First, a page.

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2nd generation LOOP macro

Here is an extremely brief summary of the proposed new LOOP design, which
has not yet been finalized.  Consult the writeup on LOOP in the Lisp
Machine manual or MIT LCS TM-169 for background information.  Constructive
comments are very welcome, but please reply to BUG-LOOP at MIT-ML, not to
me personally.

(LOOP form form...) repeatedly evaluates the forms.

In general the body of a loop consists of a series of clauses.  Each
clause is either: a series of one or more lists, which are forms to be
evaluated for effect, delimited by a symbol or the end of the loop; or
a clause-introducing symbol followed by idiosyncratic syntax for that
kind of clause.  Symbols are compared with SAMEPNAMEP.  Atoms other than
symbols are in error, except where a clause's idiosyncratic syntax permits.

1. Primary clauses

1.1 Iteration driving clauses

These clauses run a local variable through a series of values and/or
generate a test for when the iteration is complete.

REPEAT <count>
FOR/AS <var> ...
CYCLE <var> ...

  I won't go into the full syntax here.  Features include: setting
  to values before starting/on the first iteration/on iterations after
  the first; iterating through list elements/conses; iterating through
  sequence elements, forwards or backwards, with or without sequence-type
  declaration; iterating through arithmetic progressions.  CYCLE reverts
  to the beginning of the series when it runs out instead of terminating
  the iteration.

  It is also possible to control whether or not an end-test is generated
  and whether there is a special epilogue only evaluated when an individual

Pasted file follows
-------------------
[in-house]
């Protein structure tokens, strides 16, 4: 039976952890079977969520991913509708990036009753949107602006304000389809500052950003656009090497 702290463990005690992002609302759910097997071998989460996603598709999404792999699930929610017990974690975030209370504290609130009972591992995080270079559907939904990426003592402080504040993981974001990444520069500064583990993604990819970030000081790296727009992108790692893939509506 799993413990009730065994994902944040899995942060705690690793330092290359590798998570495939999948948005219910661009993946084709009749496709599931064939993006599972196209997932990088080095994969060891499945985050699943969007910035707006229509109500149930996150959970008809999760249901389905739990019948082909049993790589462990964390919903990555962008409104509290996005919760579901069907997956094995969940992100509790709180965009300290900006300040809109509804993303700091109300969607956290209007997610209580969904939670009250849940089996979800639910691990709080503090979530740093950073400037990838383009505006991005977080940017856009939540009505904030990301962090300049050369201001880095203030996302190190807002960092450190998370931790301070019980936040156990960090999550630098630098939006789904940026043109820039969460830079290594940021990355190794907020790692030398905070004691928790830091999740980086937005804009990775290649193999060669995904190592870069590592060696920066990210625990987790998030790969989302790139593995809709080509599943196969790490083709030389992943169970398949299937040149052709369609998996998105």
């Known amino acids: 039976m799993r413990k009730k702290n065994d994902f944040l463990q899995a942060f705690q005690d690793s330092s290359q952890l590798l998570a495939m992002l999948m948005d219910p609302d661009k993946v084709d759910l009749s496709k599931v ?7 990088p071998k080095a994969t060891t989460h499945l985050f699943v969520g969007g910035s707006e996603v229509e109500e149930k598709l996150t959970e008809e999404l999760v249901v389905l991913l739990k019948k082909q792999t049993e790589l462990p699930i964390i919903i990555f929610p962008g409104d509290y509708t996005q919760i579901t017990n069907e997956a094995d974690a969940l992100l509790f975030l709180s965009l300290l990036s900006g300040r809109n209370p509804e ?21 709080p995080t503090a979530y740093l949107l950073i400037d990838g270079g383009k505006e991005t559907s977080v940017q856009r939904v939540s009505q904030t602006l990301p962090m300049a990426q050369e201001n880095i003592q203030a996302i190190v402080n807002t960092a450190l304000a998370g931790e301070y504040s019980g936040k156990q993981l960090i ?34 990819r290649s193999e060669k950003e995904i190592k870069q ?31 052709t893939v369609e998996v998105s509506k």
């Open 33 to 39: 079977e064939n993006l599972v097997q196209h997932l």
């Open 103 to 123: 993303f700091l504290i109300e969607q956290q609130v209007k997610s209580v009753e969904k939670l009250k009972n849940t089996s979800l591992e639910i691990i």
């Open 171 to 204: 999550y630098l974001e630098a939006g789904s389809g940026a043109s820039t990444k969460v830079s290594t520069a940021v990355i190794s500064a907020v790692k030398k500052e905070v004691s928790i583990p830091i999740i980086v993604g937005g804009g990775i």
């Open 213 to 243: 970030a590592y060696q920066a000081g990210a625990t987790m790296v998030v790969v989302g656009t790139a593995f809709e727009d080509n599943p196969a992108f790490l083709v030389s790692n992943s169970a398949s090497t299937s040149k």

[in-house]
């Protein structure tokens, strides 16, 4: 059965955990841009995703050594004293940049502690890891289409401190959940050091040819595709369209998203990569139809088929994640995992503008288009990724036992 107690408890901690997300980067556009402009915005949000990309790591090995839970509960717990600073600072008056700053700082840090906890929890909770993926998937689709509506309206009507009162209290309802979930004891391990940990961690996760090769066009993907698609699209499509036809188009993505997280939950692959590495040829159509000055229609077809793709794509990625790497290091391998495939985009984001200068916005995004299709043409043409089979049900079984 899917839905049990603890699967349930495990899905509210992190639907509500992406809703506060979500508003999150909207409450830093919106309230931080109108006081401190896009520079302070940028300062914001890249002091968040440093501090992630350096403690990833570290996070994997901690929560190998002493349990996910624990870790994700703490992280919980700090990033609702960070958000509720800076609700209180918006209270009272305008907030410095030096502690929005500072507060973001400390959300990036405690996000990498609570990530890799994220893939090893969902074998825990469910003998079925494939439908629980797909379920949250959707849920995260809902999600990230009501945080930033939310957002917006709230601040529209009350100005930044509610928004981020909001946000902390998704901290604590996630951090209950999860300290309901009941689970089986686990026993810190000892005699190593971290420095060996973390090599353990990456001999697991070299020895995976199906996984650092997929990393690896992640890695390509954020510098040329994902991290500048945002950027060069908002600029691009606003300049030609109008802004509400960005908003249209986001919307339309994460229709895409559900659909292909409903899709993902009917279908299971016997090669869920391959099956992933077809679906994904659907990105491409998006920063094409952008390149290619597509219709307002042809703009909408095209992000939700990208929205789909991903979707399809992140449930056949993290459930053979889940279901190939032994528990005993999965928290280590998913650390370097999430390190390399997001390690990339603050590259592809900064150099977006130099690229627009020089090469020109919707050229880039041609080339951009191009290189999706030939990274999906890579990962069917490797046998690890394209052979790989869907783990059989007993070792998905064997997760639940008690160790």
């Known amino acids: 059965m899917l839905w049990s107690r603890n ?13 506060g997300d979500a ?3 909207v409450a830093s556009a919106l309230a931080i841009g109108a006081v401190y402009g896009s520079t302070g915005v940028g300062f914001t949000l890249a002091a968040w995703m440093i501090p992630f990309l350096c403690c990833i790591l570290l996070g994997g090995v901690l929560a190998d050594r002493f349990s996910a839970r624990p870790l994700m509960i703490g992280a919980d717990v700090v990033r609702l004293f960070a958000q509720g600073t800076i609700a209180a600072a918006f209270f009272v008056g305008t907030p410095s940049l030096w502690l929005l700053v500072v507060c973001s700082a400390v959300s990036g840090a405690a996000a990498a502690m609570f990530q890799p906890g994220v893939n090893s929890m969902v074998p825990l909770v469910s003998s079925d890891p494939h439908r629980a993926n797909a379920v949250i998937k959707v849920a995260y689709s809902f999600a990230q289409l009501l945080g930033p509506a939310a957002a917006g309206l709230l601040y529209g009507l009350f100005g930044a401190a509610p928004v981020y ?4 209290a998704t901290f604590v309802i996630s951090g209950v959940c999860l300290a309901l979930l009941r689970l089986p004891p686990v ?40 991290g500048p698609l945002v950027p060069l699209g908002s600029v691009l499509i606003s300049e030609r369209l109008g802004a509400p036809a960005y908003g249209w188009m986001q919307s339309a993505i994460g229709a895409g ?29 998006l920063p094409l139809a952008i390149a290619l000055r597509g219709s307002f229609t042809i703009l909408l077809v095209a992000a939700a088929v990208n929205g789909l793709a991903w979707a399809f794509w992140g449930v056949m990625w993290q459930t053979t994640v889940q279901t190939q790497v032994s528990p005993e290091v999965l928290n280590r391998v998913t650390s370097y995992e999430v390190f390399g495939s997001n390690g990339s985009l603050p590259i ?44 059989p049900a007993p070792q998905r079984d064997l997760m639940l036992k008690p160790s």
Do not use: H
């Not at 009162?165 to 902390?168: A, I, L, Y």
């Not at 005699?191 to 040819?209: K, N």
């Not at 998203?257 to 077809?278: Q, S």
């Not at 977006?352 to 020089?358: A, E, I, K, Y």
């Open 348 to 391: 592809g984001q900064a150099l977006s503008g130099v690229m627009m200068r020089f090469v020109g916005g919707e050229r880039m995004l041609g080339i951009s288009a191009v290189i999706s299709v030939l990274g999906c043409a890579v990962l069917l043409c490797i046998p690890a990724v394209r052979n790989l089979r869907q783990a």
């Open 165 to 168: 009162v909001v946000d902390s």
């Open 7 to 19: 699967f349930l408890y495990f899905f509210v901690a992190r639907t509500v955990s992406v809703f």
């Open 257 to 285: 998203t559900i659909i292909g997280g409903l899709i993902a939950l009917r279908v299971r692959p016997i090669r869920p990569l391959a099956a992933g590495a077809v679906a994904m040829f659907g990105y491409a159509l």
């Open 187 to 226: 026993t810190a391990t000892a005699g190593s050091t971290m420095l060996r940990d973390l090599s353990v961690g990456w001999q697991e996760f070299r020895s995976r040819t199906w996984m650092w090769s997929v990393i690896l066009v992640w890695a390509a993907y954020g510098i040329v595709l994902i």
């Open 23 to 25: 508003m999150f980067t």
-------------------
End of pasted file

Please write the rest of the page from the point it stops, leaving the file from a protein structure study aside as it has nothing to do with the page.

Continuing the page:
end-test is triggered.

1.2 Prologue and Epilogue

INITIALLY form form...		forms to be evaluated before starting, but
				after binding local variables.
FINALLY form form...		forms to be evaluated after finishing.

1.3 Delimiter

DO	a sort of semicolon needed in odd situations to terminate a clause,
	for example between an INITIALLY clause and body forms when no named
	clause (e.g. an iteration-driving clause) intervenes.
	We prefer this over parenthesization of clauses because of the
	general philosophy that it is more important to make the simple cases
	as readable as possible than to make micro-improvements in the
	complicated cases.

1.4 Blockname

NAMED name		Gives the block generated by LOOP a name so that
			RETURN-FROM may be used.

This will be changed to conform with whatever is put into Common Lisp
for named PROGs and DOs, if necessary.

2. Relevant special forms

The following special forms are useful inside the body of a LOOP.  Note
that they need not appear at top level, but may be nested inside other
Lisp forms, most usefully bindings and conditionals.

(COLLECT <value> [USING <collection-mode>] [INTO <var>] [BACKWARDS]
		[FROM <initial-value>] [IF-NONE <expr>] [[TYPE] <type>])
This special form signals an error if not used lexically inside a LOOP.